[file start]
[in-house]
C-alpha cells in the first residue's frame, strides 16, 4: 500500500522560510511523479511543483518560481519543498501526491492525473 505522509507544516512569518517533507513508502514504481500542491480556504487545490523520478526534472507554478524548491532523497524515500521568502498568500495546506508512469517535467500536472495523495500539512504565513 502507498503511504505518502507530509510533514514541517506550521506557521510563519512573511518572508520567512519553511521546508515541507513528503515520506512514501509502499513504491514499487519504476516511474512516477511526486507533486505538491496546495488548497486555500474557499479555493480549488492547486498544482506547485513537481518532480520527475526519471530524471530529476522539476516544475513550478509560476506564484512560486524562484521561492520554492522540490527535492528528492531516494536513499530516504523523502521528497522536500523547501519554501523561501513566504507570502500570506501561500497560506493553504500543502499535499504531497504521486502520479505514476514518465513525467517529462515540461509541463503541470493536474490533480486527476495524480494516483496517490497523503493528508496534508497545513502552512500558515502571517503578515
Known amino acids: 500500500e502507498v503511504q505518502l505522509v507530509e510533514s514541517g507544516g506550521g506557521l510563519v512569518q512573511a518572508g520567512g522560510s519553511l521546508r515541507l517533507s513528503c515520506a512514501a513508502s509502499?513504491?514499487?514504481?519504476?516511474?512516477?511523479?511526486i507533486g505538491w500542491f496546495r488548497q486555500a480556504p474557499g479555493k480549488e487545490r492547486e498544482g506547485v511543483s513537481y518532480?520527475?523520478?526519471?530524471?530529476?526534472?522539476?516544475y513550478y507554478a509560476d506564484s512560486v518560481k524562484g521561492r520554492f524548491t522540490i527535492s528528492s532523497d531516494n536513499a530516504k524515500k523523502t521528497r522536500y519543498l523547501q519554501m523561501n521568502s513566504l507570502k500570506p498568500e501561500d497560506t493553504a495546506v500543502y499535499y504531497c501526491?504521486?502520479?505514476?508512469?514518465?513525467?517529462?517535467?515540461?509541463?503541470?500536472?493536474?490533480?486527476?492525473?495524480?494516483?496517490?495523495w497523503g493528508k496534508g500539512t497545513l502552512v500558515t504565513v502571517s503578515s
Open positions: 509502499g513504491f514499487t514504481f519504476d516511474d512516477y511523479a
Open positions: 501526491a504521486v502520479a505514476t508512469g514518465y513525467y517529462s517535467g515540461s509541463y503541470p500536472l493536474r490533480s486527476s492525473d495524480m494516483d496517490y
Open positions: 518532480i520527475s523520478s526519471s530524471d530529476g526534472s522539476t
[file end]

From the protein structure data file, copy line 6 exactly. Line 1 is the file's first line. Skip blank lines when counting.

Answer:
Open positions: 518532480i520527475s523520478s526519471s530524471d530529476g526534472s522539476t